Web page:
“This is not a technical thing in a sense, but if you go back and look, David is the 9th football coach that I’ve worked with at Duke in 39 years. He has the longest tenure in my 39 years. In those 39 years I have worked with 123 assistant coaches, five of those twice, one of those three times. The longevity of assistant coaches and staffs has not been anything at all in my tenure here. David’s first two years - we did not have any changes. That's the first time in 33 years that it had been the same staff from one year to the next. One QB not long ago had four offensive coordinators. That has been the biggest issue (before Cutcliffe) as I see it. The level of ability that is coming into Duke now, we would get a smattering of three star athletes or maybe every now and then a four star. Sports information would put out a preseason media guide and would include the players bios, “He chose Duke over….William and Mary and maybe one ACC team but for the most part they were over a mid-division one or the other. As you see, now we’re getting three stars…and two four stars for next year! Took one out from under the nose of Southern Cal! When we beat out Carolina for a player we thought that was something.”
“Listen to the assistant coaches talk. Each one that we have lost has gone on to a higher rated position.”
What does he see as being the key to continuing the path of success?
“Well as Bill Dooley used to say when coaching in Chapel Hill, ‘Success breeds success.’ And he’s right, I think, because of what they (Duke) have been able to do the last two years. I could see them winning ten games again this year. The schedule works. We go to Pitt and Syracuse. I don’t know about Syracuse, they have been down for a little while. We don’t have to play Florida State. Georgia Tech is going through a shuffle. Miami will be interesting.”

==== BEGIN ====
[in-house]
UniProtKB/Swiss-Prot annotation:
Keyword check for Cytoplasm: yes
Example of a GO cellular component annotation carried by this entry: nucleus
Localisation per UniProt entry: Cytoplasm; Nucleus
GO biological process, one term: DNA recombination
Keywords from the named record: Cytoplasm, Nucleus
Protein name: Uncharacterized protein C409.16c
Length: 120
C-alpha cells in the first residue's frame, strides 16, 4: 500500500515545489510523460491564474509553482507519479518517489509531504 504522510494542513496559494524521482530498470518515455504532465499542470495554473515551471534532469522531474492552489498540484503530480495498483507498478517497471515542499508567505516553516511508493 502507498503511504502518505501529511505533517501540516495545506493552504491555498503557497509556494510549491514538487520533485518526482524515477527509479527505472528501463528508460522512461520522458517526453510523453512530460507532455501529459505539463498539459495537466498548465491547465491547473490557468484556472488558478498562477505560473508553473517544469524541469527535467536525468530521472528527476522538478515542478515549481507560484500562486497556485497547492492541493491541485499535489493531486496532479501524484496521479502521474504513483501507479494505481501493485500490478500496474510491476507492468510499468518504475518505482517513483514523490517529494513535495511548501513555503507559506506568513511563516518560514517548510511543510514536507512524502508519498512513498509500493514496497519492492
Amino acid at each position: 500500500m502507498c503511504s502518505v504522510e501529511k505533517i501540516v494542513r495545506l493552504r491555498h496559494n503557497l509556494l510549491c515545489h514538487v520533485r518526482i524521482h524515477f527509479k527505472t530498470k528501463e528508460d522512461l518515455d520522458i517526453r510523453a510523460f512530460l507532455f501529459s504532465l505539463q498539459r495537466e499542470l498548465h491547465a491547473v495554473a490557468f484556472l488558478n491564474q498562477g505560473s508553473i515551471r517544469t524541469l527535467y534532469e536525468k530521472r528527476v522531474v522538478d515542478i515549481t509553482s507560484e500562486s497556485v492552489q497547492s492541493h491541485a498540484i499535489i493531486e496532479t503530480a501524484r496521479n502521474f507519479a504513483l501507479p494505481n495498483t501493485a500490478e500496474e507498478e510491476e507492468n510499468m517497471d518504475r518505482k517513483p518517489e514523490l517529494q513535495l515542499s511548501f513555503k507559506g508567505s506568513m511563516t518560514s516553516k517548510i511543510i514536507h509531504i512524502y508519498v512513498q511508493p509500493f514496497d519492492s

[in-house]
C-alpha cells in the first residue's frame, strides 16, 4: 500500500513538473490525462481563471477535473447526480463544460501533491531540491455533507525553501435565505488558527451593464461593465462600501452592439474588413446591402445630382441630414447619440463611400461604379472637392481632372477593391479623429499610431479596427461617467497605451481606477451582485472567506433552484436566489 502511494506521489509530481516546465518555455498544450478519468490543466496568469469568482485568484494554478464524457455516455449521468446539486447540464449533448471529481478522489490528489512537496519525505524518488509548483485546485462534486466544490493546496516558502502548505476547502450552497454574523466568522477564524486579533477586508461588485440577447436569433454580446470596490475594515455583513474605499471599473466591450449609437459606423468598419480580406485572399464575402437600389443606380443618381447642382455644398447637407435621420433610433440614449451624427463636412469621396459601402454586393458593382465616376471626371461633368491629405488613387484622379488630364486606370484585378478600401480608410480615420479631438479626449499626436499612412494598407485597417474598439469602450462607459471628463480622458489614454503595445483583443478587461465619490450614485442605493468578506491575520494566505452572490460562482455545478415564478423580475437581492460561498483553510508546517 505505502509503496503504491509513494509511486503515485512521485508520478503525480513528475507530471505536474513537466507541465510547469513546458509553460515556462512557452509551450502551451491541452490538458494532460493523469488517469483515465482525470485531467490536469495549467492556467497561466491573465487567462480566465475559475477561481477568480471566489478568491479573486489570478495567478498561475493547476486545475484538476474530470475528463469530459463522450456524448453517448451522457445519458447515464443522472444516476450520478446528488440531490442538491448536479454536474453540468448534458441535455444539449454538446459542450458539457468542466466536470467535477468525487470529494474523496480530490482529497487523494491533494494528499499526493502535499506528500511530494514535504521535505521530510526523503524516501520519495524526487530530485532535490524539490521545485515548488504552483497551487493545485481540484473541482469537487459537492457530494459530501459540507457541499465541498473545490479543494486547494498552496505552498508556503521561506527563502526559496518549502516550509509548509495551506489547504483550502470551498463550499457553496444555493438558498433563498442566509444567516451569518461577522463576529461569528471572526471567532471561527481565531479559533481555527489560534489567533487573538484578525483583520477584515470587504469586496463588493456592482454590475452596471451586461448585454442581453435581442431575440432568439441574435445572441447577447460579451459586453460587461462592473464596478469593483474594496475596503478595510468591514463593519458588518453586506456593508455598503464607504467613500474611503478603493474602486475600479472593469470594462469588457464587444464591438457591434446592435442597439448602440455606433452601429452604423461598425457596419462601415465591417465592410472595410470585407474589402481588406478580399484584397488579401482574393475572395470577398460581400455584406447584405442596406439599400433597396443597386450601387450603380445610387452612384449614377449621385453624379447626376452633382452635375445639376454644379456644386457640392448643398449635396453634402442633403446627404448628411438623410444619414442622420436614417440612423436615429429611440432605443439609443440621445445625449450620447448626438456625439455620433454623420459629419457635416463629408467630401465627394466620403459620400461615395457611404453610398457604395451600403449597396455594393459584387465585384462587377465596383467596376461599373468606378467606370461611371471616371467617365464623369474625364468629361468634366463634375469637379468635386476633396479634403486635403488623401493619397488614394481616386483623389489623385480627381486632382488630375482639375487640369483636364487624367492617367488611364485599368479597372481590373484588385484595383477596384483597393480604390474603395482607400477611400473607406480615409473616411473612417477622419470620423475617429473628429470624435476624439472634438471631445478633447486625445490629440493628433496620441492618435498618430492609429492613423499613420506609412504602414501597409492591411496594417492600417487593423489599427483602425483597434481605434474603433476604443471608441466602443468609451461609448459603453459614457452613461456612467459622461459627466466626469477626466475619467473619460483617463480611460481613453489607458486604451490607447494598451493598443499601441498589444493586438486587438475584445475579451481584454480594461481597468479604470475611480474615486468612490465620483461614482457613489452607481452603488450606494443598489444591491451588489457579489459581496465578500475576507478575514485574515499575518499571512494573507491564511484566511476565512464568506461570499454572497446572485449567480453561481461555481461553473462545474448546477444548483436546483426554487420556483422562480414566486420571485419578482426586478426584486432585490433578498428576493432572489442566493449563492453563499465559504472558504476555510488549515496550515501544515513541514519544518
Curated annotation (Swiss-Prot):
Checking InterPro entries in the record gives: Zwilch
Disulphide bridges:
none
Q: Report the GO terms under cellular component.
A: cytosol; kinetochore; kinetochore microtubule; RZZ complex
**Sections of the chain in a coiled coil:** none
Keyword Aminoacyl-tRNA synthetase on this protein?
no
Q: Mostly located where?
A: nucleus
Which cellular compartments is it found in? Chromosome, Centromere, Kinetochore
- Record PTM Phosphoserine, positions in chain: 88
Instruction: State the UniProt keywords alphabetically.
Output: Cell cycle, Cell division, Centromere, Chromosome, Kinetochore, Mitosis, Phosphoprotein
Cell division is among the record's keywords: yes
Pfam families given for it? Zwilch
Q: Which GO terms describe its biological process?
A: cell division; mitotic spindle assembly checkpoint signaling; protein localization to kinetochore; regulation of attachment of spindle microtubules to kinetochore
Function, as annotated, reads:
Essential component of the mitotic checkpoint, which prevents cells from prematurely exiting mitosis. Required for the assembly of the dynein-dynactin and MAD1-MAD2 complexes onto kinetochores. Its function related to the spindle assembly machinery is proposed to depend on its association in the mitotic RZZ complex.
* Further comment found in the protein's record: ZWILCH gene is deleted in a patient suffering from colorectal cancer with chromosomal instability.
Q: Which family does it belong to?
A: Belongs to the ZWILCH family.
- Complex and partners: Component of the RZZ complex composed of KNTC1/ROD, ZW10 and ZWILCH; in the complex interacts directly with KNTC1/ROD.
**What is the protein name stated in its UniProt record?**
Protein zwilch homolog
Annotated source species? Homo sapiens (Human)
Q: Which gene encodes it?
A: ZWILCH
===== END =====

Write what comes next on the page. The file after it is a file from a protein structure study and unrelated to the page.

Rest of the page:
I asked if the win versus Miami or the back-to-back wins over North Carolina were more impressive. He explained how he put the win over UNC in perspective for the “giddy” players after the game as he rang the Victory Bell. He told them “last night was my thirty-seventh Duke/North Carolina football game to broadcast. It was my seventh win to broadcast in that series!”
Harris would go on to say, “Cutcliffe has instilled a work ethic. He has instilled a winning attitude.”
I asked how he would describe his relationship with both coaches.
“It’s a friendship. Coach K and I have a great working relationship, so do Coach Cutcliffe and I. But Mike and David and I have a friendship. David is a great coach but he is an even better man.”
When I asked what do you want your legacy to be, Bob would recount a story about Joe DeLamielleure. They had a phone conversation where Joe would say “When I listen to you, I can see the game.” “That’s the highest compliment any play by play man can ever receive.”
My conversation with Bob was like talking with a beloved relative. Someone that was eager to share the “family history” so to speak. Bob knows what you want to ask before you ask it. To say that I enjoyed our lunch conversation at Jimmie’s Famous Hotdogs in Durham, is an understatement. He offered me advice on working in the media and writing articles. I’m extremely thankful to have had this opportunity and I hope others will have the chance for a special conversation with Bob, one of the “truest” Blue Devils.
As we closed, I asked what his biggest accomplishment has been as the voice of the Blue Devils.
“What I’m most proud of - there is not a former Duke basketball player that wouldn’t walk through that door that I wouldn’t get a hug.”
Follow Daniel on Twitter: @Thebluecharger
Graduate of Asbury University (undergrad) and UNCG (graduate) with Bachelor and Master Degrees in Music Education. Choral director and lifelong Duke fan.